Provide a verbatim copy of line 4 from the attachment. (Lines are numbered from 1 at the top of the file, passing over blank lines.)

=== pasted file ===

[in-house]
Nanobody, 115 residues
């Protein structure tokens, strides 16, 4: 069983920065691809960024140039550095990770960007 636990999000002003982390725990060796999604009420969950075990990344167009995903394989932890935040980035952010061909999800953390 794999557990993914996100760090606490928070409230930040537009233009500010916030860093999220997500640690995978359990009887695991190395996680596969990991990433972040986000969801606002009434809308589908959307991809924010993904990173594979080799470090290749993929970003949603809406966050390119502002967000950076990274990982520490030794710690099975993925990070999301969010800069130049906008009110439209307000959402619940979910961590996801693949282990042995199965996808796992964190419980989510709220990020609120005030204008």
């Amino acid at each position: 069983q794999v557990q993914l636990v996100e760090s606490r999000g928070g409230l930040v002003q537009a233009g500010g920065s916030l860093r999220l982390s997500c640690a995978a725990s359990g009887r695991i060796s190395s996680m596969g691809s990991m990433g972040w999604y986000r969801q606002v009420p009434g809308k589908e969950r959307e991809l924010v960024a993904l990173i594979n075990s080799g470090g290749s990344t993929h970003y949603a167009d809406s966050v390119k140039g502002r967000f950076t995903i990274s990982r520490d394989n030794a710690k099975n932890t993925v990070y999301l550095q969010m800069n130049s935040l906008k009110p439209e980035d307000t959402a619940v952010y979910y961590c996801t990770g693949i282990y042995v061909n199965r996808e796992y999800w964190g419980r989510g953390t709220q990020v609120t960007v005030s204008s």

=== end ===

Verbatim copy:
């Amino acid at each position: 069983q794999v557990q993914l636990v996100e760090s606490r999000g928070g409230l930040v002003q537009a233009g500010g920065s916030l860093r999220l982390s997500c640690a995978a725990s359990g009887r695991i060796s190395s996680m596969g691809s990991m990433g972040w999604y986000r969801q606002v009420p009434g809308k589908e969950r959307e991809l924010v960024a993904l990173i594979n075990s080799g470090g290749s990344t993929h970003y949603a167009d809406s966050v390119k140039g502002r967000f950076t995903i990274s990982r520490d394989n030794a710690k099975n932890t993925v990070y999301l550095q969010m800069n130049s935040l906008k009110p439209e980035d307000t959402a619940v952010y979910y961590c996801t990770g693949i282990y042995v061909n199965r996808e796992y999800w964190g419980r989510g953390t709220q990020v609120t960007v005030s204008s």